“Perhaps I’d better. And now”—Alaire extended her hand—“won’t you and Montrosa come to see me once in a while? I’m very lonesome.”
“We’d love to,” Dave declared. He had it on his lips to say more, but at that moment an eager whinny and an impatient rattle of a bridle-bit came from the driveway, and he smiled. “There’s her acceptance now.”
“Oh no! She merely heard your voice, the fickle creature.”
Alaire watched her guest until be had disappeared into the shadows, then she heard him talking to the mare. Benito’s words at the rodeo recurred to her, and she wondered if this Ranger might not also have a way with women.
The house was very still and empty when she re-entered it.
THE GUZMAN INCIDENT
Ricardo Guzman did not return from Romero. When two days had passed with no word from him, his sons became alarmed and started an investigation, but without the slightest result. Even Colonel Blanco himself could not hazard a guess as to Guzman’s fate; the man had disappeared, it seemed, completely and mysteriously. Meanwhile, from other quarters of the Mexican town came rumors that set the border afire.
Readers of this story may remember the famous “Guzman incident,” so called, and the complications that resulted from it, for at the time it raised a storm of indignation as the crowning atrocity of the Mexican revolution, serving further to disturb the troubled waters of diplomacy and threatening for a moment to upset the precariously balanced relations of the two countries.
At first the facts appeared plain: a citizen of the United States had been lured across the border and done to death by Mexican soldiers—for it soon became evident that Ricardo was dead. The outrage was a casus belli such as no self-respecting people could ignore; so ran the popular verdict. Then when that ominous mailed serpent which lay coiled along the Rio Grande stirred itself, warlike Americans prepared themselves to hear of big events.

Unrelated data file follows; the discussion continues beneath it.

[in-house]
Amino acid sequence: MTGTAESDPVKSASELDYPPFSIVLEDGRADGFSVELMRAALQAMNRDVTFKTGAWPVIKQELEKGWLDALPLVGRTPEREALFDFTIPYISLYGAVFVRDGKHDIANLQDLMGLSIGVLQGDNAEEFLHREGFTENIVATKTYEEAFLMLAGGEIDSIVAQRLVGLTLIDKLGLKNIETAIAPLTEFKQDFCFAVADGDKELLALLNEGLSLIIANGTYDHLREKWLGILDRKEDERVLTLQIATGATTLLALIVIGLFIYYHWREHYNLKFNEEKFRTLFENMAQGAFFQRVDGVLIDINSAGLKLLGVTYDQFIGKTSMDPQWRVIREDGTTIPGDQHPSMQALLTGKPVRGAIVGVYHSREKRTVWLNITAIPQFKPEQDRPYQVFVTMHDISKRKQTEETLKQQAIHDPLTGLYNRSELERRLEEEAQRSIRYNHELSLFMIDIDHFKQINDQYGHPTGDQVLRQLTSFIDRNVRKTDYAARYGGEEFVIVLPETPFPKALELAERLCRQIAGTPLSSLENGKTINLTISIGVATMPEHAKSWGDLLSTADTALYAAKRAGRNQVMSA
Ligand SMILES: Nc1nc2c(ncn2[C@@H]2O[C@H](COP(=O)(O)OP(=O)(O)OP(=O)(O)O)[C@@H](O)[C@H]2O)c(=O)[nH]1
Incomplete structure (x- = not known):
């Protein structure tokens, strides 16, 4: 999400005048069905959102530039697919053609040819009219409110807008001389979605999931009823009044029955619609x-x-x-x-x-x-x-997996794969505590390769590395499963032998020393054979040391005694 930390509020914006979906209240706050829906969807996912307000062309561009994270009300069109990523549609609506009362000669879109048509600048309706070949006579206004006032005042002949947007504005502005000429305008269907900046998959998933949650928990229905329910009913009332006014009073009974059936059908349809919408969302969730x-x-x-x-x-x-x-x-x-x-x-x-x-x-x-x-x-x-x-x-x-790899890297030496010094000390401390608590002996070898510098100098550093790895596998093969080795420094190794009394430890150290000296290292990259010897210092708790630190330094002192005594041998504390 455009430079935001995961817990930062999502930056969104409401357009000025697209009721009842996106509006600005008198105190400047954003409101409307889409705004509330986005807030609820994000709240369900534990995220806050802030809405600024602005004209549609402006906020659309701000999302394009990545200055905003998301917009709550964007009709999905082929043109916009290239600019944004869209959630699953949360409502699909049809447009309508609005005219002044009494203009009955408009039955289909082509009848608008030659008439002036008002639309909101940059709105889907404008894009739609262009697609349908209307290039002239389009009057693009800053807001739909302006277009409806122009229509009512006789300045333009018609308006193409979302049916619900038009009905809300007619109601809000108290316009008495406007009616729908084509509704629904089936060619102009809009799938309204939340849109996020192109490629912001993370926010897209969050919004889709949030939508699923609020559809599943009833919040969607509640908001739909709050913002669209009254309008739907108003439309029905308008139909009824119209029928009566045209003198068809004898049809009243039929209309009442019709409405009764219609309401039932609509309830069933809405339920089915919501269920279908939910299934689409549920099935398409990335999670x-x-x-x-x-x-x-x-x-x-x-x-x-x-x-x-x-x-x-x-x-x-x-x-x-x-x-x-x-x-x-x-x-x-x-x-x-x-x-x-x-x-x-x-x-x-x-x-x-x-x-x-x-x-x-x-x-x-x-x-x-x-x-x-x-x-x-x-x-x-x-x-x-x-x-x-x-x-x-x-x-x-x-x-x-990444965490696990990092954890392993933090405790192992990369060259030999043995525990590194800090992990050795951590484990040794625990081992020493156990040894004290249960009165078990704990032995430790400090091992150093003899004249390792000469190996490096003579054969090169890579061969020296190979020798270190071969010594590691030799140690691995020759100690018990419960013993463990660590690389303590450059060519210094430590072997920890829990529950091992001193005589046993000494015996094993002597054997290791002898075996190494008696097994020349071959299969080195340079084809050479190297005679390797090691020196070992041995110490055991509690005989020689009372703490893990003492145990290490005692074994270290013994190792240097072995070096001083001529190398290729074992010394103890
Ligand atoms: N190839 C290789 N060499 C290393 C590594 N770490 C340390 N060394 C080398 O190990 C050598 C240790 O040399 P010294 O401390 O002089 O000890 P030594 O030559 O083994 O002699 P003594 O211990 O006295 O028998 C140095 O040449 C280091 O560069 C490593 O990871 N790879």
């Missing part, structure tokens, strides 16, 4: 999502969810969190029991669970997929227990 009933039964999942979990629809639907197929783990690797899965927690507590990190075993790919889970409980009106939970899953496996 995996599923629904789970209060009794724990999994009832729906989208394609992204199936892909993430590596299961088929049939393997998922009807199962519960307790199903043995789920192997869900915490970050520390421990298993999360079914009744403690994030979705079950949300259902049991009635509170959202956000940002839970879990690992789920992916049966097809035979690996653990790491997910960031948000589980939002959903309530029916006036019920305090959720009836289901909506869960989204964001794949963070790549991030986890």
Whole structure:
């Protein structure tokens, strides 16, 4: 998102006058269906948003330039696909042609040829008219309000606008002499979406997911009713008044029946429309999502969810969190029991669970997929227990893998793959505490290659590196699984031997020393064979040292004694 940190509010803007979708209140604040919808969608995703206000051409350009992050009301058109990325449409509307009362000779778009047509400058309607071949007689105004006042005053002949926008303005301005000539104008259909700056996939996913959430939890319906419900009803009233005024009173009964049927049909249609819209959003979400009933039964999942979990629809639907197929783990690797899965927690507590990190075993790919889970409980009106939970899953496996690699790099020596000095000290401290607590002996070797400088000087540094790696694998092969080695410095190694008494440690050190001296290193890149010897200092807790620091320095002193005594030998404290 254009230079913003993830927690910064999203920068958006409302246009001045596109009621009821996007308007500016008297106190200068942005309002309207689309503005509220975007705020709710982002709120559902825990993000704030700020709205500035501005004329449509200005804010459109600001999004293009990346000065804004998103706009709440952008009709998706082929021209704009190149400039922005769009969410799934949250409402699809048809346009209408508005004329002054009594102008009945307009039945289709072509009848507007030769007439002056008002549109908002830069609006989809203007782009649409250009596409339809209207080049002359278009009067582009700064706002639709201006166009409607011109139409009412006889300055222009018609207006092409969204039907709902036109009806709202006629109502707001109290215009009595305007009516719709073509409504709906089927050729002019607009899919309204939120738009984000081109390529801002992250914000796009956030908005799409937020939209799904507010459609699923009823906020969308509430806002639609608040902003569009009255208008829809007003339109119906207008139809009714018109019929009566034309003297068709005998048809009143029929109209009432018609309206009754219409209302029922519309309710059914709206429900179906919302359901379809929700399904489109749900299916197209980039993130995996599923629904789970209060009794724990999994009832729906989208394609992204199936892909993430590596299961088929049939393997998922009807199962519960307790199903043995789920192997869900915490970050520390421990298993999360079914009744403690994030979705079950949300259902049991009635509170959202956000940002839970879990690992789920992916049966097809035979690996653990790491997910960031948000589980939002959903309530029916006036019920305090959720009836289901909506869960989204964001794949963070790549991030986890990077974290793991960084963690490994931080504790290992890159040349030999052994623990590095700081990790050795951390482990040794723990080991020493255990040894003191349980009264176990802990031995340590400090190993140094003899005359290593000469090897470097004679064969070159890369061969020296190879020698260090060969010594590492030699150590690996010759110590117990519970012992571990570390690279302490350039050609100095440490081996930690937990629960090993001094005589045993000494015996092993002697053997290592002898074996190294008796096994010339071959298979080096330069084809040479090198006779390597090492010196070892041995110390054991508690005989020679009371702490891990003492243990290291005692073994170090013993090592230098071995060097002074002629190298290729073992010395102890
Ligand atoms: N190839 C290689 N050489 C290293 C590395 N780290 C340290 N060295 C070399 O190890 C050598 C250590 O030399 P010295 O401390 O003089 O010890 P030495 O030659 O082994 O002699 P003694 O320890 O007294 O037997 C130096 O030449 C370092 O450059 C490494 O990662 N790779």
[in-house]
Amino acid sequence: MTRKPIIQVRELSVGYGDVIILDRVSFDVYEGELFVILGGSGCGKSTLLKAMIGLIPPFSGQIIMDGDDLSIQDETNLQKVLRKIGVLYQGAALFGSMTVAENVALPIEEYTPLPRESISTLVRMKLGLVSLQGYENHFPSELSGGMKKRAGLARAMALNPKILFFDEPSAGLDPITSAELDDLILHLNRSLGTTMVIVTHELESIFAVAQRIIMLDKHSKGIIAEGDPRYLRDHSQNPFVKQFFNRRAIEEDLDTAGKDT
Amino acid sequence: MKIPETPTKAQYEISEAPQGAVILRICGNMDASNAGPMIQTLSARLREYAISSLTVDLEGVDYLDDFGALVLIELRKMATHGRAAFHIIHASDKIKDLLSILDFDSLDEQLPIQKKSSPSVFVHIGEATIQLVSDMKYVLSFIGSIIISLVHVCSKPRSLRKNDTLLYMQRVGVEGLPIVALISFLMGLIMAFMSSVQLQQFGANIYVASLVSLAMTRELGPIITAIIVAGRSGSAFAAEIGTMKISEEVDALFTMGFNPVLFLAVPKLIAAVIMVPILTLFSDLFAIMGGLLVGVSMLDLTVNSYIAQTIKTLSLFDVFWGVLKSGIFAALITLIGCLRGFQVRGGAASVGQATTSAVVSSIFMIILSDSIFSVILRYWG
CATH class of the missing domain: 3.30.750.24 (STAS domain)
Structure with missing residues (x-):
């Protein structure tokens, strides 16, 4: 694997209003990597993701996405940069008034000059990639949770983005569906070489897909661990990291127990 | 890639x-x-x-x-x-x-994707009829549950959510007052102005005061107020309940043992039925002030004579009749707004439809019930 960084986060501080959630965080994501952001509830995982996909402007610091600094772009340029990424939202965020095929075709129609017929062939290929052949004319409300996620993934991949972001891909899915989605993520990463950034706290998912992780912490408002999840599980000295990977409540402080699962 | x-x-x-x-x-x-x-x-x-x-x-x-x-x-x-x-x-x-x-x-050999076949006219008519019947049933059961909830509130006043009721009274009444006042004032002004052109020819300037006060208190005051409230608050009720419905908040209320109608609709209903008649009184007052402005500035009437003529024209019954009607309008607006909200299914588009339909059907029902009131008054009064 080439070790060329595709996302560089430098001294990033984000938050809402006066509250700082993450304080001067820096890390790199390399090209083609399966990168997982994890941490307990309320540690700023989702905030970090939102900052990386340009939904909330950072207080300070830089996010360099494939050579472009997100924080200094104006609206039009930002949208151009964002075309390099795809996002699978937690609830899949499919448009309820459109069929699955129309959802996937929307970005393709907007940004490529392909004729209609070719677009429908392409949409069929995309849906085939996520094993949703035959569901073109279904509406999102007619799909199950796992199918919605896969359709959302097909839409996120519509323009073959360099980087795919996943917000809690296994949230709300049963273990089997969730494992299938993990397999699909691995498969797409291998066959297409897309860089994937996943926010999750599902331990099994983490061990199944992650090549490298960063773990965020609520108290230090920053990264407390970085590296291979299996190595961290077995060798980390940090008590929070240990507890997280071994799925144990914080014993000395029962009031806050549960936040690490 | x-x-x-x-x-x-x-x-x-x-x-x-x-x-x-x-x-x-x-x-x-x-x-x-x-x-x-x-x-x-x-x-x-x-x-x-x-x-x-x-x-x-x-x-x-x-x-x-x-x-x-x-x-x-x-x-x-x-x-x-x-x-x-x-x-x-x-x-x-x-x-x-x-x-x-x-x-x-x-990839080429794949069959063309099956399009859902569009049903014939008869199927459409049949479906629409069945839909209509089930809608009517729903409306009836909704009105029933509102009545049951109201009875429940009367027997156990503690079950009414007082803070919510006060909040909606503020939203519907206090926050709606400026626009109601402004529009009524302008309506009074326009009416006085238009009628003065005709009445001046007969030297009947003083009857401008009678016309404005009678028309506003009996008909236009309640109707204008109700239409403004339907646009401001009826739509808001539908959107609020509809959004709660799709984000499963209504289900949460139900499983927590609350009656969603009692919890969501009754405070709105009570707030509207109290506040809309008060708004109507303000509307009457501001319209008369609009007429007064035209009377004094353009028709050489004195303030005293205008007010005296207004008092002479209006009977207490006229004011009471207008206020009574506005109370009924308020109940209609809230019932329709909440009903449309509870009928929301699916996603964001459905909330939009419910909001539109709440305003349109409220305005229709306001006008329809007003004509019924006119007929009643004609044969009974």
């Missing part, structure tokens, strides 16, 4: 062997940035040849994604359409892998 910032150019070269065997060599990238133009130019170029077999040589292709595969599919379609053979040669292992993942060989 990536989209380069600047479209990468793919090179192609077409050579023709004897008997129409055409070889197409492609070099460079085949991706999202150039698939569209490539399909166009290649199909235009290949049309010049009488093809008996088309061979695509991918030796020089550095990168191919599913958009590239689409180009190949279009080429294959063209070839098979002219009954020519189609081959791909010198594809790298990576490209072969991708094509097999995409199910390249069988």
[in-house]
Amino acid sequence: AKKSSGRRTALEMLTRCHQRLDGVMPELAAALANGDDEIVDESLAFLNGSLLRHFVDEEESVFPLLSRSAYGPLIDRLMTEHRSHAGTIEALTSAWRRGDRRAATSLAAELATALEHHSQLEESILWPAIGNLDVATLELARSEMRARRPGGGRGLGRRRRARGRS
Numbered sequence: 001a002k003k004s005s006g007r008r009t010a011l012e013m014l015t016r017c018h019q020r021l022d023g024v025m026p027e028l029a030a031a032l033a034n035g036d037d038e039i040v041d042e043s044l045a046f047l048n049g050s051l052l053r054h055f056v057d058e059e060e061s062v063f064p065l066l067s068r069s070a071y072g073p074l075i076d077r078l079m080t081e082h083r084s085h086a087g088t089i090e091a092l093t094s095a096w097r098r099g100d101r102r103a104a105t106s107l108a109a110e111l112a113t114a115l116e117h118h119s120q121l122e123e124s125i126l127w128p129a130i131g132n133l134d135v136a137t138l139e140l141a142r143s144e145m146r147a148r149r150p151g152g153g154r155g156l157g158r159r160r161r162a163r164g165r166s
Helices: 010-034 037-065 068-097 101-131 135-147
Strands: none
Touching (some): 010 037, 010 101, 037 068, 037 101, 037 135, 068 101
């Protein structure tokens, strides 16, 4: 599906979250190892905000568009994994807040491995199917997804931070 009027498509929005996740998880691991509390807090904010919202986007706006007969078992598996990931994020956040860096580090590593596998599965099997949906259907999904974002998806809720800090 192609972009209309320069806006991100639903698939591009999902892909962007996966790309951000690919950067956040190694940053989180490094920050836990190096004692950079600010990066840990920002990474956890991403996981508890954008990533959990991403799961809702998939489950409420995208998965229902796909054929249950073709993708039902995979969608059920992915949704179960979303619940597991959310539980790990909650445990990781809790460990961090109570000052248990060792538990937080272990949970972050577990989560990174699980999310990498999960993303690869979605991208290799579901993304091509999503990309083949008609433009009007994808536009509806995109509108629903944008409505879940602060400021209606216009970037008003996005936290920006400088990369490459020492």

A motive for Ricardo Guzman’s murder was not lacking, for it was generally known that President Potosi had long resented Yankee enmity, particularly as that enmity was directed at him personally. A succession of irritating diplomatic skirmishes, an unsatisfactory series of verbal sparring matches, had roused the old Indian’s anger, and it was considered likely that he had adopted this means of permanently severing his relations with Washington.
Of course, the people of Texas were delighted that the long-delayed hour had struck; accordingly, when the State Department seemed strangely loath to investigate the matter, when, in fact, it manifested a willingness to allow Don Ricardo ample time in which to come to life in preference to putting a further strain upon international relations, they were both surprised and enraged. Telegraph wires began to buzz; the governor of the state sent a crisply sarcastic message to the national capital, offering to despatch a company of Rangers after Guzman’s body just to prove that he was indeed dead and that the Mexican authorities were lying when they professed ignorance of the fact.